The C5ISR Center is supporting Abrams as part of its greater science and technology mission, as well as providing life cycle engineering support to C5ISR acquisition programs of record and the U.S. Army Communications-Electronics Command for sustainment of those systems.

“Life cycle engineering is a key component to modernization and readiness because it helps to enable the rapid development, transition, integration, and sustainment of capabilities across the life cycle,” said Al Visconti, C5ISR Center director for Product Realization Systems Engineering and Quality.

“We have personnel who have been involved with the development of the CBM+ concept since its inception. We’re using this experience plus our subject matter expertise in C5ISR systems and platforms to support PPMx principles in a resource-informed way to maximize the value for the Army,” Visconti said.

The C5SIR Center’s Systems Engineering, Architecture Modeling and Simulation Division assisted in the set-up and monitoring of the Combat Service Support Automated Systems Interface  and Combat Service Support Very Small Aperture Terminal network which were used to move the data.

The Center also worked with numerous stakeholders to understand the different platforms and capabilities of those systems. From there, they helped develop data-reduction tools and data format and exchange standards to enable different systems and networks to exchange data in a common way. This, in turn, helped to identify standards that the Center is using to architect an end-to-end implementation blueprint.

“This is a complex challenge. There are many platforms, and many ways a platform could send the system data back to the enterprise. Everybody has to be thinking the same so there is no duplicate development and so data can be used and analyzed in a common way,” said Hughes.

The C5ISR Center is working with stakeholders to evolve capabilities that will support PPMx for C5ISR systems, said Hughes, who noted that the Center is doing an analysis to recommend an optimal implementation strategy for C5ISR Systems.

“There has not been a lot of CBM+ done for communications platforms, and that is where we are breaking new ground. Electronics have been traditionally thought of as something you can’t really predict failure based on the number of hours or cycles, but this ability to get the data from the platform to the enterprise is going to unlock PPMx capability for the C5ISR community,” said Hughes.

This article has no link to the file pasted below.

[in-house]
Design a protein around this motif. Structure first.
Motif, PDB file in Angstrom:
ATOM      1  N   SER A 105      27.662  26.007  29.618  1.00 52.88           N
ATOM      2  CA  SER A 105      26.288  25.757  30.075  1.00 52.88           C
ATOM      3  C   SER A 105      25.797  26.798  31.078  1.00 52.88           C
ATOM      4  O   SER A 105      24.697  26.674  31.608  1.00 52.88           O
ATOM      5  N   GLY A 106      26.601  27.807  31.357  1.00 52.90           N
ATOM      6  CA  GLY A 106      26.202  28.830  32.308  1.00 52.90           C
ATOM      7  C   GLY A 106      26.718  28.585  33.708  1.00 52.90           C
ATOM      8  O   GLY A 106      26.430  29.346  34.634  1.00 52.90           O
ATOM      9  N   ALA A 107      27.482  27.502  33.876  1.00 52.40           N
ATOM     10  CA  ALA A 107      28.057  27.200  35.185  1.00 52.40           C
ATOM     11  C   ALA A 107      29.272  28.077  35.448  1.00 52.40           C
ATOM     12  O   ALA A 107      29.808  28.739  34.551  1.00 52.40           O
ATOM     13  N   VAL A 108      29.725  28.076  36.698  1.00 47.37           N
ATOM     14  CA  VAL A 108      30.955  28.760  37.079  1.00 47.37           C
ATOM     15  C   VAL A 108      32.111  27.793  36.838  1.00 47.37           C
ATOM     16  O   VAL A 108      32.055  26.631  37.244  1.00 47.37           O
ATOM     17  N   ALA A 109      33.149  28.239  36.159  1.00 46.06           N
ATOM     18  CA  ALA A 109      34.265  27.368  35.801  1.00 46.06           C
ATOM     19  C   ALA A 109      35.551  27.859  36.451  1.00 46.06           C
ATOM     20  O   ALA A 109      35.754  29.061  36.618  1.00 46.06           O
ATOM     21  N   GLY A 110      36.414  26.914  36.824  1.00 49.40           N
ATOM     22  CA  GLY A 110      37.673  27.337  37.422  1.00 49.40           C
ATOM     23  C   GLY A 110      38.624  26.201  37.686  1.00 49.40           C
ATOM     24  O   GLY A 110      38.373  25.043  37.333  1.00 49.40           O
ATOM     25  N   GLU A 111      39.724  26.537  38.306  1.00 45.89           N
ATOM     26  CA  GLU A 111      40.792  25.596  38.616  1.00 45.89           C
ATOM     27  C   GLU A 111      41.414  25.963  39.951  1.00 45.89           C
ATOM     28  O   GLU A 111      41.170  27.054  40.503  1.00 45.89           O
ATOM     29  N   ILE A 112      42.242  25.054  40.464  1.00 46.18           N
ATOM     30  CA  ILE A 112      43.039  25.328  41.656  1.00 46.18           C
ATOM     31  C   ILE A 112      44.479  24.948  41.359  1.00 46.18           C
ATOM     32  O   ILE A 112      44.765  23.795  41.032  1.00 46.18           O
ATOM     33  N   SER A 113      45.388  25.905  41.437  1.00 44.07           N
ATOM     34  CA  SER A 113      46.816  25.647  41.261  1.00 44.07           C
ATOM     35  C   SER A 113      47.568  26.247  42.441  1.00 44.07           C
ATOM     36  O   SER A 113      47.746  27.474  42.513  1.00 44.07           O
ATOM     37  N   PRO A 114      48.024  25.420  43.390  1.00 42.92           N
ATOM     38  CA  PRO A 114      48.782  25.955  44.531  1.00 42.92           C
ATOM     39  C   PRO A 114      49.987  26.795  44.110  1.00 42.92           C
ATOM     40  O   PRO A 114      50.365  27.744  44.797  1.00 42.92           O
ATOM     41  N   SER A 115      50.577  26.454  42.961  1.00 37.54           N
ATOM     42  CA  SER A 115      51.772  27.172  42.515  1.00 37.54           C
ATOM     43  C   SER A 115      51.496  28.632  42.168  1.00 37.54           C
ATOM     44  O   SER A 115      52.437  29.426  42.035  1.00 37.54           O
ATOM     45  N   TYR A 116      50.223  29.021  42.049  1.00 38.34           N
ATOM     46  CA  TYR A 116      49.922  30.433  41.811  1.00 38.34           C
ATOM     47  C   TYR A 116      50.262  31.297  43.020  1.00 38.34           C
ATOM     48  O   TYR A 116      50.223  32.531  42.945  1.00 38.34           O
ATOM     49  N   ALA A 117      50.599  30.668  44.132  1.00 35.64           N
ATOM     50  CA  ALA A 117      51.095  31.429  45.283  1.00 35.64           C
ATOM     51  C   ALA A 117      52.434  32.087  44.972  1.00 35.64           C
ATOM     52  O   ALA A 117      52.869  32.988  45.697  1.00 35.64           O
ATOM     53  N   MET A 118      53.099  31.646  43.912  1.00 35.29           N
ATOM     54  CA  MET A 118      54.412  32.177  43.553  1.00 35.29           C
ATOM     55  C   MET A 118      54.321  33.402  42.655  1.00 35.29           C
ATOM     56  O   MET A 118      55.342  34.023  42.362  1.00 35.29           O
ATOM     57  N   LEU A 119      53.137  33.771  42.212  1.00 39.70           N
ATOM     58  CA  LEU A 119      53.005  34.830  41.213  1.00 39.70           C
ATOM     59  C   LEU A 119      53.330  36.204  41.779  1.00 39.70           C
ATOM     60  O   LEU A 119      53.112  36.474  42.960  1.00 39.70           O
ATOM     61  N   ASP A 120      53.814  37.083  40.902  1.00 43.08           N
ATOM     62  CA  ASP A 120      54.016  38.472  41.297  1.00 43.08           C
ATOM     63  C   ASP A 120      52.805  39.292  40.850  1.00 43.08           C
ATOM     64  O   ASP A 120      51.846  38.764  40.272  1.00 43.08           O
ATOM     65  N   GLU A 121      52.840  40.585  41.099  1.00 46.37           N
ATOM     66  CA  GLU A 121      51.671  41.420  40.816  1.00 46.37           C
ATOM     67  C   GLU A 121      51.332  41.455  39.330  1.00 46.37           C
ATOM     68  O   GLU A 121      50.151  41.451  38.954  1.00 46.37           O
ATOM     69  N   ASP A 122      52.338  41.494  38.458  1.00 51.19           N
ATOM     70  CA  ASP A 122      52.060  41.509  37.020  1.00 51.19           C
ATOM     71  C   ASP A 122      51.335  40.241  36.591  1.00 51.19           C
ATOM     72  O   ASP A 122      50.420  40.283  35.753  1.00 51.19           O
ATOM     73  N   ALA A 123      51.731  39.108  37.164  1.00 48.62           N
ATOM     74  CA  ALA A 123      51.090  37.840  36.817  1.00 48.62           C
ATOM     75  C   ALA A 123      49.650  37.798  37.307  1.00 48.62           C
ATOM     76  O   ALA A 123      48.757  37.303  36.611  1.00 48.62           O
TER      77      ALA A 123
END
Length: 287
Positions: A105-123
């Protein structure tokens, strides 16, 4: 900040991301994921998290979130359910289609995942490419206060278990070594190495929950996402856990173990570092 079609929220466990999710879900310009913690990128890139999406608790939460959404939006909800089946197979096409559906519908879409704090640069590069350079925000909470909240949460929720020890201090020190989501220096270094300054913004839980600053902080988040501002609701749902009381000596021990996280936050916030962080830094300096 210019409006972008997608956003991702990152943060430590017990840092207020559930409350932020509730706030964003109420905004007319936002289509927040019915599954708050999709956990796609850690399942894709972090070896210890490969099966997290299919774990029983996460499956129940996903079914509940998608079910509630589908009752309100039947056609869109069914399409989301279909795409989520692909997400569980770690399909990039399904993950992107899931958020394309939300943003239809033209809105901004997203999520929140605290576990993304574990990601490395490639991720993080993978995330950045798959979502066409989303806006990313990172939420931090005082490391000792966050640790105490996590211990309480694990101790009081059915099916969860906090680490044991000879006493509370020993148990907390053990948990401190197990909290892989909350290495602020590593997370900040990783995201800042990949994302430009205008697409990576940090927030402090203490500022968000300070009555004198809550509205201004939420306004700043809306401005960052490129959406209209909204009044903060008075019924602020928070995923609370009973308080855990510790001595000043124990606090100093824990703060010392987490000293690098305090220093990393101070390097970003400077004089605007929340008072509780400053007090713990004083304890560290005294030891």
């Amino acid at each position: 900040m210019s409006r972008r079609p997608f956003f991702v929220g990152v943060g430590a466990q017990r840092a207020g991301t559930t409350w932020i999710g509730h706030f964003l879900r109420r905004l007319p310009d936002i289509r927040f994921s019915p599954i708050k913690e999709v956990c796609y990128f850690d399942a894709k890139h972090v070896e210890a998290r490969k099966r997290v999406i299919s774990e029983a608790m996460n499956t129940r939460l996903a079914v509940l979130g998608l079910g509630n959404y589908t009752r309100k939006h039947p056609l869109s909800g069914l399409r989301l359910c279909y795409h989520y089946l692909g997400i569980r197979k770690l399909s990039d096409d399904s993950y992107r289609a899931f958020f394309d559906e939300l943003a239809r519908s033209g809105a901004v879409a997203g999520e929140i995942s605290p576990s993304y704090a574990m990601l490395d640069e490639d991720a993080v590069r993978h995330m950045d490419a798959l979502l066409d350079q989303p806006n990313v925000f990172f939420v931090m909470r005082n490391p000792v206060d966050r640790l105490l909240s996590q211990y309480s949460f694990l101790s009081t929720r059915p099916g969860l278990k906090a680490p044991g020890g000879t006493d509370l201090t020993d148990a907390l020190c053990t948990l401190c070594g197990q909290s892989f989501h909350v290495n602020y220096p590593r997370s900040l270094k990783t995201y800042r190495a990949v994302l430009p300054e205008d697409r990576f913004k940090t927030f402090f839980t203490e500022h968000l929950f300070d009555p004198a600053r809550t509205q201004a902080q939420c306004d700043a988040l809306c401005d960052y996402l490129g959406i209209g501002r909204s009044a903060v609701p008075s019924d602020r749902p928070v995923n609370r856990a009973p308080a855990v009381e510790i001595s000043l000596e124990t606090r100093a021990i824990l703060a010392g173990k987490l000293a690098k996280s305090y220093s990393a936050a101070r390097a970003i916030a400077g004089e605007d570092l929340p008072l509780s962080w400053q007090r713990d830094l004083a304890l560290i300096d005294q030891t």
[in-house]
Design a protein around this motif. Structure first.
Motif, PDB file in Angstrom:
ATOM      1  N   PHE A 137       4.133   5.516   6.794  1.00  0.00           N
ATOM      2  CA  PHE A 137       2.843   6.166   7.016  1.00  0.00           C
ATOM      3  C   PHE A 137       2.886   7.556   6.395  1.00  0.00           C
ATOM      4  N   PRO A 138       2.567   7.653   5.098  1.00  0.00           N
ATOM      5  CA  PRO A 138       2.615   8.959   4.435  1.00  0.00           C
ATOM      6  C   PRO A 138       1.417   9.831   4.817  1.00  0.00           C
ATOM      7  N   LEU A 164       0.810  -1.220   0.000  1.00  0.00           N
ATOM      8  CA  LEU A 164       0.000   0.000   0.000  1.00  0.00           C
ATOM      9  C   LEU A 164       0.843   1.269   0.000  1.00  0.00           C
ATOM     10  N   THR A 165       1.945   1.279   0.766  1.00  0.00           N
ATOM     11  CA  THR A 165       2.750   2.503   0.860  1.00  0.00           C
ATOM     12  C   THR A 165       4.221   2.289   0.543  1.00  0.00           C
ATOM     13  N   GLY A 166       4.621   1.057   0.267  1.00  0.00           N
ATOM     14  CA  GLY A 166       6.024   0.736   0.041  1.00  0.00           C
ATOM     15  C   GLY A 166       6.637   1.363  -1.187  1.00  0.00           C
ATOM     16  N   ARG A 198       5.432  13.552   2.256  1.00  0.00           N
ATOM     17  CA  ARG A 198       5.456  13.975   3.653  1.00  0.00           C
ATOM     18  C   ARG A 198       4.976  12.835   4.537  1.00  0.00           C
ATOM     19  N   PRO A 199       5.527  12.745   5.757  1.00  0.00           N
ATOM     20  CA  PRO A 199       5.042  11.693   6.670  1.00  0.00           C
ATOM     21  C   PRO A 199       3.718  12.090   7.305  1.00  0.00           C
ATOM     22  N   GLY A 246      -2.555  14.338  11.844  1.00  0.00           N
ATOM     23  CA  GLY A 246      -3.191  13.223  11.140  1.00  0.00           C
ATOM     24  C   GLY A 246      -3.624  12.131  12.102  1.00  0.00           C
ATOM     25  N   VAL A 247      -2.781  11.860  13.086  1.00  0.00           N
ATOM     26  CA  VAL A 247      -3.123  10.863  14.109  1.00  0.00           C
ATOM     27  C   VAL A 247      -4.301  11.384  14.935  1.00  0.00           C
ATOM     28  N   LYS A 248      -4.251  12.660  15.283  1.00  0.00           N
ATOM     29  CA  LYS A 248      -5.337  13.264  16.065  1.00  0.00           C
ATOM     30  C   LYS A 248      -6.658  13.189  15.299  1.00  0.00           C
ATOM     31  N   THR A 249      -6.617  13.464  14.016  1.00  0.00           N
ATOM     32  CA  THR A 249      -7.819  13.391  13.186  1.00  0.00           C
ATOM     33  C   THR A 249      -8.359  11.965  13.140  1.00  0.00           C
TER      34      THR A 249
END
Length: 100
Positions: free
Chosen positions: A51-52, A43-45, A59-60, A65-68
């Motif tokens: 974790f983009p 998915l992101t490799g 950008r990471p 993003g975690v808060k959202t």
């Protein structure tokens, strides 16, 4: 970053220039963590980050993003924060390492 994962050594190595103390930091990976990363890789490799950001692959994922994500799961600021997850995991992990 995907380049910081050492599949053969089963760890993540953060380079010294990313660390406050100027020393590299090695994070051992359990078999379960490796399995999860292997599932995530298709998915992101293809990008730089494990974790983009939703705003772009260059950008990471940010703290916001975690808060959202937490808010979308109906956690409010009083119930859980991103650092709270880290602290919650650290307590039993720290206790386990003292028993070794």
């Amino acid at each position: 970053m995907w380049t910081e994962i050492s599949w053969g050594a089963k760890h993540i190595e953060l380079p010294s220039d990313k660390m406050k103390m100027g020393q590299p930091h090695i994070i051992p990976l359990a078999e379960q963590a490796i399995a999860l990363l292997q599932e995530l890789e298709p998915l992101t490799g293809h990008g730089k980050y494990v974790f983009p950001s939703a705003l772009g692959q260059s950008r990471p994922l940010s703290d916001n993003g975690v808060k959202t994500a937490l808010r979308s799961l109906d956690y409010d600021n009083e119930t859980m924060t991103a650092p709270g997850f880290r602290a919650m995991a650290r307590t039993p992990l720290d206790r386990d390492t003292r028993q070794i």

Now that the end-to-end CBM+ capability has been demonstrated in the Abrams tank, the next step will be to demonstrate the capability in an operational environment.

“Abrams stands ready willing and able. We have a fully enabled capability on the Abrams SEPV3 with four successful CBM+ network demonstrations,” noted Larry Marino, Project Director Main Battle Tank integrated project support manager and Vehicle Health Management System/CBM+ program lead.

Marino thanked the other stakeholders and demonstration participants, including the Tank-automotive and Armaments Command; the Army Materiel Command’s Logistics Data Analysis Center; the Combat Capabilities Development Command's Ground Vehicle Systems Center and Data and Analysis Center; Joint Technical Data Integration; Project Manager Army Enterprise Systems Integration Program; Program Executive Office for Command, Control, Communications-Tactical; and the Training and Doctrine Command.

The C5ISR Center will continue to work with these stakeholders to evolve the network communications in support of the PPMx goal. This will include exploring how best to integrate emerging capabilities such as artificial intelligence and machine learning so they can be applied to data processing and the overarching blueprint, noted Gary Salomon, chief for the C5ISR Center’s Systems and Sustainment Engineering Division.

“I started working on CBM+ more than 10 years ago. At that time, this type of capability was just a concept. Now we are here, seeing it demonstrated live on the world's greatest battle platform. Considering the technology that had to be developed and integrated onto the platform, the architecture work and the security considerations that had to be addressed, we have made amazing progress. This is going to be a game-changer,” Salomon said.

For more information, contact the C5ISR Center Public Affairs Office:


The C5ISR Center is the Army’s applied research and advanced technology development center for C5ISR capabilities. As the Army’s primary integrator of C5ISR technologies and systems, the center develops and matures capabilities that support all six Army modernization priorities, enabling information dominance and tactical overmatch for the joint warfighter.

The C5ISR Center is an element of the U.S. Army Combat Capabilities Development Command. Through collaboration across the command’s core technical competencies, CCDC leads in the discovery, development and delivery of the technology-based capabilities required to make Soldiers more lethal to win our nation’s wars and come home safely. CCDC is a major subordinate command of the U.S. Army Futures Command.